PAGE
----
J.E. Robinson won great acclaim for his plays, Spades and The Strong Man. He is known for interjecting vivid characterizations of historical figures and events. An eminent professor of history for many years, Robinson also wrote essays, fiction, poetry, and Skip Macalester (2006), a young adult novel. He hails from Alton, Illinois. 

DOUBLE BLIND (review by Bill Fowkes)

DOUBLE BLIND is a 60-minute drama with a compelling story. The play does a good job of depicting the world of the medical profession–it reeks of authenticity. (Given that Berman is a member of that profession, that’s not surprising–but still, it’s to her credit that she makes that world real for those of us not in that profession.) The acting is generally quite good. I found the ER doctor (Dr. Georgianna Saunders), played by Valerie Stack Dodge, particularly good. Rachel Matusewicz, playing the main character, Dr. Diane Taub, also excelled in her role.

Some things in the story strain credulity. The ER doctor is unusually nasty and cruel at the beginning and then becomes quite wonderful and supportive later on. It’s hard to think that some of her good qualities wouldn’t show through in the earlier scenes. As currently written, it’s as if a light switch goes off and she becomes a completely different person. Dr. Robert Render is even more problematic. He is so relentlessly cruel, that he is a one-dimensional character. Too easy a villain. Also, the way he wears his Christianity on his sleeve is unsubtle and odd. It’s hard to believe he wouldn’t have been told by somebody along the way to moderate his behavior. Dr. Taub’s Jewishness is introduced as a complication and a problem in her relationship with Dr. Render, but this thread is dropped quickly rather than fully explored  . It might be interesting, for example, to find out where Dr. Render’s antisemitism comes from and how else it has manifested itself.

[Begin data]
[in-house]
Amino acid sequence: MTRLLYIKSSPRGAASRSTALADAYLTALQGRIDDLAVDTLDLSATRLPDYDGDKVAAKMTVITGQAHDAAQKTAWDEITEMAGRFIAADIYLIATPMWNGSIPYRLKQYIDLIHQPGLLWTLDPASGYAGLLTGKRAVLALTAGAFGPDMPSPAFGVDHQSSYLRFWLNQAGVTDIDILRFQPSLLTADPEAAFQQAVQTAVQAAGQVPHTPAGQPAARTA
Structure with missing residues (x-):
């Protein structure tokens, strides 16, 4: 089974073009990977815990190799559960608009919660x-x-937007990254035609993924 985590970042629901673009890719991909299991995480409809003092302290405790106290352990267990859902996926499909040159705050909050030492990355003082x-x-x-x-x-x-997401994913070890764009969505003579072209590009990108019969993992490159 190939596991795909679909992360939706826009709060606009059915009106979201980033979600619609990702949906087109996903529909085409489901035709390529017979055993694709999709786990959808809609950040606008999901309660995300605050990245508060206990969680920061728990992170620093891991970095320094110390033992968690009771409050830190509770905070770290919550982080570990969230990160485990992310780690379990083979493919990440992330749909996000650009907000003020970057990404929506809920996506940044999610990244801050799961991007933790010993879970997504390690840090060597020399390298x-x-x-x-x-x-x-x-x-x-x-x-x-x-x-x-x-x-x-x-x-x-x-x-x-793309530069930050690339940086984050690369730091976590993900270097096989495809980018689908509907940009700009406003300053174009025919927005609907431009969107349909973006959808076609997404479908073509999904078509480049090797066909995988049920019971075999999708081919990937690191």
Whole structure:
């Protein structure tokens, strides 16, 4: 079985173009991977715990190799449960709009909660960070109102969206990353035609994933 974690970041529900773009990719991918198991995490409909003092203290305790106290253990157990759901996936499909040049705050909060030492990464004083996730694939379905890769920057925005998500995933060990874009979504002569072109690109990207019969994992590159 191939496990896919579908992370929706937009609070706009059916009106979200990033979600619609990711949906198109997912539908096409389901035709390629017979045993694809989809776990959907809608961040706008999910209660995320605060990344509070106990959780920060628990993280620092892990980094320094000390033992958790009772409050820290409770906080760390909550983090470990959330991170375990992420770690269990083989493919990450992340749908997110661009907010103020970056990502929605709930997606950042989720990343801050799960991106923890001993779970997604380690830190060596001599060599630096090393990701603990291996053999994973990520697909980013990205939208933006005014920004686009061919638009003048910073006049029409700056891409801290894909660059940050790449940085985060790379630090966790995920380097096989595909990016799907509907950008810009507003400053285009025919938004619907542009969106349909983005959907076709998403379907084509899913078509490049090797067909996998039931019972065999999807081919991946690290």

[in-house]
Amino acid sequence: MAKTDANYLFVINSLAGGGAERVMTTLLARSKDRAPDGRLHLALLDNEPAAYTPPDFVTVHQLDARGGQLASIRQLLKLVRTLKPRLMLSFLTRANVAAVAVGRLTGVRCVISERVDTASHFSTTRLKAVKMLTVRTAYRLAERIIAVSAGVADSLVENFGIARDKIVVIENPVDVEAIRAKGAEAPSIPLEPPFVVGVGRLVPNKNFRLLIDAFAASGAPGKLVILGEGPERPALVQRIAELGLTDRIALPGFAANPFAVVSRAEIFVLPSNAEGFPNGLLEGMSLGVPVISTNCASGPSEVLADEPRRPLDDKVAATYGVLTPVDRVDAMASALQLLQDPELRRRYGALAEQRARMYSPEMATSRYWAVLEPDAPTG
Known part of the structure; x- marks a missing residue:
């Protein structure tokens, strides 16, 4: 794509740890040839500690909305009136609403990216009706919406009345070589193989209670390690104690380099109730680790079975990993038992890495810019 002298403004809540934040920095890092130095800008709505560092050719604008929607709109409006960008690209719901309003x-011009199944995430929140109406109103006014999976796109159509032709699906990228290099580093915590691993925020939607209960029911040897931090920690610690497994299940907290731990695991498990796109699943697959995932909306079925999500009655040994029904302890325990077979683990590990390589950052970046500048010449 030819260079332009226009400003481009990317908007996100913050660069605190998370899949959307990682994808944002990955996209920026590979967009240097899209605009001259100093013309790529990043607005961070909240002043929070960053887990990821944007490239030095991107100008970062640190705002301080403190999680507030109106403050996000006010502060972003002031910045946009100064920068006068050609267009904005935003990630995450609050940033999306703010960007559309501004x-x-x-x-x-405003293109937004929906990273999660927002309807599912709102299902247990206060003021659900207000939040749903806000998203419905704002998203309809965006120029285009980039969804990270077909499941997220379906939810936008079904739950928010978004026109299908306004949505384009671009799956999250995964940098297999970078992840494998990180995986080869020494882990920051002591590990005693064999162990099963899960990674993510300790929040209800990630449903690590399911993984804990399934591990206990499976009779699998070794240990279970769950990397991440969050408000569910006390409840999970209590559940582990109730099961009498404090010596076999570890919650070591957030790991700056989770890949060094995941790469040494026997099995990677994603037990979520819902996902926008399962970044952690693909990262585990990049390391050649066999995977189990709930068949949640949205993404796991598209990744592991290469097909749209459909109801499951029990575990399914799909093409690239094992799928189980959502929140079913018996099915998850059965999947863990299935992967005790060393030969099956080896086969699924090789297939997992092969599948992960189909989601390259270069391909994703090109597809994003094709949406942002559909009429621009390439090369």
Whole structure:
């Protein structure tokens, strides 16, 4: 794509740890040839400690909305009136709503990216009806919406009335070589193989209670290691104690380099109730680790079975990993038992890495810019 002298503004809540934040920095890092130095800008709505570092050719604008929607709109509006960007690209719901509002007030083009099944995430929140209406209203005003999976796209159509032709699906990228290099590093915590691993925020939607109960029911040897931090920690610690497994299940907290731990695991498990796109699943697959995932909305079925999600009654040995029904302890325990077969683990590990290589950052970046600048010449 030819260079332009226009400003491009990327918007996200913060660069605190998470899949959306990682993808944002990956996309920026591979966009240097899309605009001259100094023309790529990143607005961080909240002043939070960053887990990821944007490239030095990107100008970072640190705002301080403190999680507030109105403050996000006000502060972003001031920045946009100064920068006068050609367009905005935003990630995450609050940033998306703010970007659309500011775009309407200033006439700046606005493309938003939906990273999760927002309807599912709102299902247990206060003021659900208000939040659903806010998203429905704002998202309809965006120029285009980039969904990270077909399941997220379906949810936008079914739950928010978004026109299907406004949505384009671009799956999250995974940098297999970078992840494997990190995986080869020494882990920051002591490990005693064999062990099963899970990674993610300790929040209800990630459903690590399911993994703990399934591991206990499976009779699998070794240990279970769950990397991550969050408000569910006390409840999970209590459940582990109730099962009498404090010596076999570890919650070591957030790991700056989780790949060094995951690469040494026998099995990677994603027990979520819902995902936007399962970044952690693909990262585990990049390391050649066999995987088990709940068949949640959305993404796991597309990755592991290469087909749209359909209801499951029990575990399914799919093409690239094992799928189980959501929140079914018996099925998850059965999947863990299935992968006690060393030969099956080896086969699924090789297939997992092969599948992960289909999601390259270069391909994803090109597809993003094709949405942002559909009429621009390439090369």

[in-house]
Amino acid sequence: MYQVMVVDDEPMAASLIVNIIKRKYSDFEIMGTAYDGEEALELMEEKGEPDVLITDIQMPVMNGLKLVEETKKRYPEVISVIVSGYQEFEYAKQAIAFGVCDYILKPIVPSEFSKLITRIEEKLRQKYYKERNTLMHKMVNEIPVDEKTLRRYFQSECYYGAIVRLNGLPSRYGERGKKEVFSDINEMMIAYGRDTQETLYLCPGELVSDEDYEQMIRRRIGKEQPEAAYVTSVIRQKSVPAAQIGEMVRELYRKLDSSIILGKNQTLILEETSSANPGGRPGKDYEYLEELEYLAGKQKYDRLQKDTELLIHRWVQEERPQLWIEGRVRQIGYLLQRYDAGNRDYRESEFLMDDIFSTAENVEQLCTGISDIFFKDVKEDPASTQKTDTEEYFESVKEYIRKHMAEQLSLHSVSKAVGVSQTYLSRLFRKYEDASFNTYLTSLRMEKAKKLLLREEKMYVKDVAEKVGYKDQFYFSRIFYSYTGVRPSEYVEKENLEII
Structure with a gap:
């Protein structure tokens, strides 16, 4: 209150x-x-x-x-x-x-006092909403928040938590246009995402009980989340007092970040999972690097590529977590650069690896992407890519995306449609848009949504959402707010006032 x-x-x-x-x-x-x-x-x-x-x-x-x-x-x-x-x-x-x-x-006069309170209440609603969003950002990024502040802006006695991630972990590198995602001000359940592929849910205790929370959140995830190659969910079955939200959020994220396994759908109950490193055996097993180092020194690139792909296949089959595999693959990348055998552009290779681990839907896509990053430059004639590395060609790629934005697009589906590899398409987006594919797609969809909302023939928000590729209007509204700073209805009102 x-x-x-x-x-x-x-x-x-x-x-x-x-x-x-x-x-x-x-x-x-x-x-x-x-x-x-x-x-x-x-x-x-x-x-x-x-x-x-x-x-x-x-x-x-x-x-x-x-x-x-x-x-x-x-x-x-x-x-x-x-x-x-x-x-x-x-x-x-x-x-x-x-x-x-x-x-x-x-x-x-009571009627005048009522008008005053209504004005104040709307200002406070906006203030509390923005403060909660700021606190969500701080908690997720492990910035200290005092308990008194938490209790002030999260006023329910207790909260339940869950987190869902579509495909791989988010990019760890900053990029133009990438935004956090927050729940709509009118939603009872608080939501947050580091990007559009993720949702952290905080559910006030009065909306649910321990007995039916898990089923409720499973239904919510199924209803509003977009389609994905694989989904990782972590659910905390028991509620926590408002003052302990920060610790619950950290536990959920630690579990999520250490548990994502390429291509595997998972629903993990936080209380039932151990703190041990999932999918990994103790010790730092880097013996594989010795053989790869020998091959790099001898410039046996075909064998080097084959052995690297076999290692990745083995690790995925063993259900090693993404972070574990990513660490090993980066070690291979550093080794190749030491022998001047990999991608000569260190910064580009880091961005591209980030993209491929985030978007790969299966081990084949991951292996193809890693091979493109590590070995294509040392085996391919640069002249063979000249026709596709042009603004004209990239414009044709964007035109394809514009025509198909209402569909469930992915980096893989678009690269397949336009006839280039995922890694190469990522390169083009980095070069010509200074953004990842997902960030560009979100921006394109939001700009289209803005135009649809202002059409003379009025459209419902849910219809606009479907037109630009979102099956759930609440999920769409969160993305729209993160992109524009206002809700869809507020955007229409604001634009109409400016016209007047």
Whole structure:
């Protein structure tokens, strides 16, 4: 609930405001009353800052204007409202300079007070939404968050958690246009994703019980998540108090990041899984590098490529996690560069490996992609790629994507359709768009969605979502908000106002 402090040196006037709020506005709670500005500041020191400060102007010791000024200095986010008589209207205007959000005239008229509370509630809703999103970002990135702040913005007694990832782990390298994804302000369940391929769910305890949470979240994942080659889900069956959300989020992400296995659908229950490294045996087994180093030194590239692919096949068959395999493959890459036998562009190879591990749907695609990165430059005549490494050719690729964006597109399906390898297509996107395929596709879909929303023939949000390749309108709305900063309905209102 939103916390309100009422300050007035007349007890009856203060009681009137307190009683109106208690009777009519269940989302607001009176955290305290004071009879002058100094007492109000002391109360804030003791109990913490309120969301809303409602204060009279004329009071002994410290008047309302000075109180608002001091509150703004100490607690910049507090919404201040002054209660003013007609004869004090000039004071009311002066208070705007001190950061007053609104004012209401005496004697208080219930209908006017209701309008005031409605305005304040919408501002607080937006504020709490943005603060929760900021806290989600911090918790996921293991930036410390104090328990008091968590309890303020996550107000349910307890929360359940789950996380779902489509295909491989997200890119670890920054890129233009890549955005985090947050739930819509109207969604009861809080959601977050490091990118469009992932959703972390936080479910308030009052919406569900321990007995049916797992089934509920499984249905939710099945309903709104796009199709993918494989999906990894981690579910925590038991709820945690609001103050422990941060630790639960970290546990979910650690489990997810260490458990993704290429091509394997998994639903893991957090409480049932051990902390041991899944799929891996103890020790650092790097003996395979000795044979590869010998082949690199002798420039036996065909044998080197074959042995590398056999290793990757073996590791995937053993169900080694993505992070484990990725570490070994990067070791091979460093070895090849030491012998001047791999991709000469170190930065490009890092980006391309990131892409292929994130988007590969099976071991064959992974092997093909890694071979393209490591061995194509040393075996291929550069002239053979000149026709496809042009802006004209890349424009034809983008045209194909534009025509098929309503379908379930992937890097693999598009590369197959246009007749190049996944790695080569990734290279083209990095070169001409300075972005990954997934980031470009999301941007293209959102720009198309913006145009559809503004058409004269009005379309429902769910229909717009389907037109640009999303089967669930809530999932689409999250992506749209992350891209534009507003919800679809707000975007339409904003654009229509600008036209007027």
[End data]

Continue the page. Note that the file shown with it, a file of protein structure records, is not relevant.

The inter-racial relationship between Dr. Taub and her significant other (Bert Johnson) is a good element in the play. It’s a nice change to see this relationship treated as simply any other relationship would be and not made into a problem. This is not to say that a problematic relationship would be wrong–it would just make this a different play, and in that case would require much more stage time. I did, however, appreciate the moment when Diane calls Bert “bourgeois” and he pushes back that for his family, reaching the middle class was a significant achievement and not something to be mocked.


Regarding the physical production, the music between scenes was very good. The production as a whole was minimal, which is understandable given the venue and budgetary limitations for this kind of production. There was, however, one comical glitch. When the patient, Emily, died and the lights dimmed only partway, we then saw her rise up off the gurney like Lazarus, and the audience laughed. (It might be better to roll the gurney off so the audience doesn’t see that.)
In short, this is a good story with some fine acting.